What’s Happening with SIP and IPv6?
At the recent Netnod Spring Meeting Olle E. Johansson from Edvina was invited to talk about his work with dual stacks in SIP. The talk was very personal and covered the progress, or lack of progress, in the IETF and the work done in the SIP Forum IPv6 working group.
The work started when Olle detected strange issues when testing the IPv6 implementation in Asterisk. It wasn’t the code, it was something else. After testing IPv6 at the SIPit events, work started in a working group of the SIP forum that later resulted in documents contributed to the IETF – one issue was adopted by the IETF SIPcore working group but is not seeing any interest so it doesn’t move forward. In the IETF, strange resistance was met and not much support for doing any changes or additions to the protocols in order to fix proven problems. In fact, quite a surprising opposition was met.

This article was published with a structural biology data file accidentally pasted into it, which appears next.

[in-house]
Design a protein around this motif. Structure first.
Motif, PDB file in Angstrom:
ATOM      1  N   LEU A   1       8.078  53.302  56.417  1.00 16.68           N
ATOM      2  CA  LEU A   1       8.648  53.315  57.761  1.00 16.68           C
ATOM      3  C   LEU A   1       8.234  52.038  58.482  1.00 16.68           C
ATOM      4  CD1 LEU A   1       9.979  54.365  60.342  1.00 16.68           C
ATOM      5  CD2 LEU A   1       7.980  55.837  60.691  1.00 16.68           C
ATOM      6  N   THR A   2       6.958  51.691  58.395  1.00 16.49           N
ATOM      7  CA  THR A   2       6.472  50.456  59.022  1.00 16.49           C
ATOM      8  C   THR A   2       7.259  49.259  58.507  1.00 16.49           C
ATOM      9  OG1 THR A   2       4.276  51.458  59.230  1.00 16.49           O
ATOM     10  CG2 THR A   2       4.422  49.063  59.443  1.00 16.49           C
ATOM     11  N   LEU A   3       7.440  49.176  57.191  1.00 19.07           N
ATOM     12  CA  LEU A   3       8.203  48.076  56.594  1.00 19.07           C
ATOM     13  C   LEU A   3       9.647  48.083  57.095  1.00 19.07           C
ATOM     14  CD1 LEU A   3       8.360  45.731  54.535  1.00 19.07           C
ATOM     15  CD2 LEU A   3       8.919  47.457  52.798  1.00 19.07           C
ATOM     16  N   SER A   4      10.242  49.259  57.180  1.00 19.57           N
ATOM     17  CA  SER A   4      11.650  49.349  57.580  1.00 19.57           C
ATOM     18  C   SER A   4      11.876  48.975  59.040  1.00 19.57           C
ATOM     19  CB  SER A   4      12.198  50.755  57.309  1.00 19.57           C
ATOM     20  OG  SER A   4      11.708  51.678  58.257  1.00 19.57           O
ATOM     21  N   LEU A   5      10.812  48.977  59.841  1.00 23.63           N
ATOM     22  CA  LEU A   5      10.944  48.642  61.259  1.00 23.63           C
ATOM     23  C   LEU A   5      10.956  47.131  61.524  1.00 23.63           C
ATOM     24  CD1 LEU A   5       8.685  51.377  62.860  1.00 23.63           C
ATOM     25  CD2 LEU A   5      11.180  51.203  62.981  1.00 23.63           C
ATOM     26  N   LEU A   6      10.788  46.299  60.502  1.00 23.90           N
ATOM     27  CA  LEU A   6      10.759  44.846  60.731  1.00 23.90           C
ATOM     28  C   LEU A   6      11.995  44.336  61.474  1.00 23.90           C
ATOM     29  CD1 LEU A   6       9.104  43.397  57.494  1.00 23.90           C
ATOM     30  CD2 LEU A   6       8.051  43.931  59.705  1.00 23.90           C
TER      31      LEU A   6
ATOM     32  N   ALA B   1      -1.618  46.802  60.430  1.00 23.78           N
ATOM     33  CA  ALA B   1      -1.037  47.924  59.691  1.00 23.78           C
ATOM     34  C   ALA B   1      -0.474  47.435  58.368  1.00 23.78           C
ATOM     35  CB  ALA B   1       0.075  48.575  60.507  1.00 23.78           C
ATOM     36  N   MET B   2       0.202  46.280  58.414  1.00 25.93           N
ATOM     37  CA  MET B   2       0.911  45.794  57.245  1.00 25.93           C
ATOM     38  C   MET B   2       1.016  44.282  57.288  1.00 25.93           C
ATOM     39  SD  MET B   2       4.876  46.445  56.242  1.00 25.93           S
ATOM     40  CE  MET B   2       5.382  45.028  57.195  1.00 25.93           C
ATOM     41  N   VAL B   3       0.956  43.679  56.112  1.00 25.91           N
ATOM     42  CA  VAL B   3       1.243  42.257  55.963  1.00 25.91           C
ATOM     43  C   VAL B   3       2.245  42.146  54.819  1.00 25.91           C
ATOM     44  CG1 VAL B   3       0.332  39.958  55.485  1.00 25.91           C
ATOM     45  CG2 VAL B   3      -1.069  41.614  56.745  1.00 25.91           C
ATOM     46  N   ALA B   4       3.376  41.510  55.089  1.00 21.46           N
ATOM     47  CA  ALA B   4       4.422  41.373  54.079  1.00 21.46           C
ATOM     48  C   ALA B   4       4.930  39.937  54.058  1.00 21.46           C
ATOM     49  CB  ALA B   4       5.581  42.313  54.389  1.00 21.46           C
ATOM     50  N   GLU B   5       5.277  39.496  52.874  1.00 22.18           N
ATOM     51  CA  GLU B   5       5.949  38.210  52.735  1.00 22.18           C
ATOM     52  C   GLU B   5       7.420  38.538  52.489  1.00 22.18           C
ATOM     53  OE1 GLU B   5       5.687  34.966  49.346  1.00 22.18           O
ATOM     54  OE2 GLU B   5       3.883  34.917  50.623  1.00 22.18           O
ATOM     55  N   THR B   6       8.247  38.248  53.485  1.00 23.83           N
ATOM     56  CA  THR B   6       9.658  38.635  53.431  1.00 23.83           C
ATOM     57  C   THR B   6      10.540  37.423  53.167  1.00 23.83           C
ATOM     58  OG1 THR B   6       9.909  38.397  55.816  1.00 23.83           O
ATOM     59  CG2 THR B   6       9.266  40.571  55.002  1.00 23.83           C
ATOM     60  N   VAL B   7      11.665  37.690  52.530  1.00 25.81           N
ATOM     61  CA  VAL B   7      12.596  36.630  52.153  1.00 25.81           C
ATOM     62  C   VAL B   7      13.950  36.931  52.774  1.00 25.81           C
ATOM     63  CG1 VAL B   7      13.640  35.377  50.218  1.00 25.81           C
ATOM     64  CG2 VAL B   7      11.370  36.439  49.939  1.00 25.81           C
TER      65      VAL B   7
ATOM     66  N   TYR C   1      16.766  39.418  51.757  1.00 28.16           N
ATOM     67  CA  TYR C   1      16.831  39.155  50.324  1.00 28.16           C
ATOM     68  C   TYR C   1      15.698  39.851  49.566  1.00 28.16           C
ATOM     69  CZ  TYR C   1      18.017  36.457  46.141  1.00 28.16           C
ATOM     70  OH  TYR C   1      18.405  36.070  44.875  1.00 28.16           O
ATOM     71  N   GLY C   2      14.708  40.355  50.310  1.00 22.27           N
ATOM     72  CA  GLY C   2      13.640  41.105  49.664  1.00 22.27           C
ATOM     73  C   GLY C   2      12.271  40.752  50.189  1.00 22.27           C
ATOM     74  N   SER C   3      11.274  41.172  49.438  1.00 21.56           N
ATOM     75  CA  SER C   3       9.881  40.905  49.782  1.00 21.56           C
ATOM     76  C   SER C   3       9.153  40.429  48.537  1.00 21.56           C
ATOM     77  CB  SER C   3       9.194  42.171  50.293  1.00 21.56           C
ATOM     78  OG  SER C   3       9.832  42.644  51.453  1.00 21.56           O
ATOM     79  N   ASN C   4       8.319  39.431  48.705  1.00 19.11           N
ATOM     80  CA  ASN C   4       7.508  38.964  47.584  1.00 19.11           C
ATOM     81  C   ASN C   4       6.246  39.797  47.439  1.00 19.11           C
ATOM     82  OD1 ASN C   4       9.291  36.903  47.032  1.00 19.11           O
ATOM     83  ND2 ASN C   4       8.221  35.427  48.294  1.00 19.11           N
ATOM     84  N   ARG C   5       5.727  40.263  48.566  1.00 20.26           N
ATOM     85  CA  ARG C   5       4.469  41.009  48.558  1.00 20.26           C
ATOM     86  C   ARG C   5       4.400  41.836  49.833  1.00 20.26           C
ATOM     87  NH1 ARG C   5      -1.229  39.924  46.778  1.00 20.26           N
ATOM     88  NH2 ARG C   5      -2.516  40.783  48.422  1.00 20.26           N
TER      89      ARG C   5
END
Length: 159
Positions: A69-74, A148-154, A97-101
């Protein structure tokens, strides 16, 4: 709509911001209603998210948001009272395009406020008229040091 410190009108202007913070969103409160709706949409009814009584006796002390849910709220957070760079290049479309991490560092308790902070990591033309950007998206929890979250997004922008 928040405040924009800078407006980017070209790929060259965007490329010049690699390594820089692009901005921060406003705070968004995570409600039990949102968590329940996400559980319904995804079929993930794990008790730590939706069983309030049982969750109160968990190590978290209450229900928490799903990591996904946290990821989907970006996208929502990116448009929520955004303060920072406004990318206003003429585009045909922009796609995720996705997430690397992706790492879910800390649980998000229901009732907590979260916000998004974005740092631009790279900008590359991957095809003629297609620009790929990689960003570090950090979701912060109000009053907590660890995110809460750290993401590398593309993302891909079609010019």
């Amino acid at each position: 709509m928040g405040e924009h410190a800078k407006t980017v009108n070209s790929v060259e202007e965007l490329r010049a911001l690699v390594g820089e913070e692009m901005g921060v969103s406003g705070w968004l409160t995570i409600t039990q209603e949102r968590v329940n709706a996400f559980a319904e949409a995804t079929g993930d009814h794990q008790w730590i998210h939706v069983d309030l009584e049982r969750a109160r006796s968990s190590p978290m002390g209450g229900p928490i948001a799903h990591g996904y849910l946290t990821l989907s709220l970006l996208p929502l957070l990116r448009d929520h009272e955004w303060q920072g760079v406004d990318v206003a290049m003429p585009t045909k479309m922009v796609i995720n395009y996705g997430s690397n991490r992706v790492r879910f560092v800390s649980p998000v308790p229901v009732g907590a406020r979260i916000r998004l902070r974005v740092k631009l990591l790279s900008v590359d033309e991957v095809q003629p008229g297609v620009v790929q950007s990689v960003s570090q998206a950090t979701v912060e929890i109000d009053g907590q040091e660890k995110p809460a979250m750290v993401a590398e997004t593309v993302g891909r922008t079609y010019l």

How do you fix issues in an old protocol?
Should it really be this hard to fix issues in a published protocol? Are SIP and HTTP the only protocols that have issues with dual stacks or is it just the two protocols that have been tested in detail?
Further tests at SIPit has not only confirmed the documented issues, but also revealed issues in many implementations that has been supporting IPv6 for a long time. Source address selection was missing. There’s a lot of work to do before we can get SIP implementations ready for dual stack use, both in development and in the standards.
The presentation is available on slideshare. We apologise that it is made for live presentation and doesn’t cover all the details on the actual slides, but it may still give some interesting facts.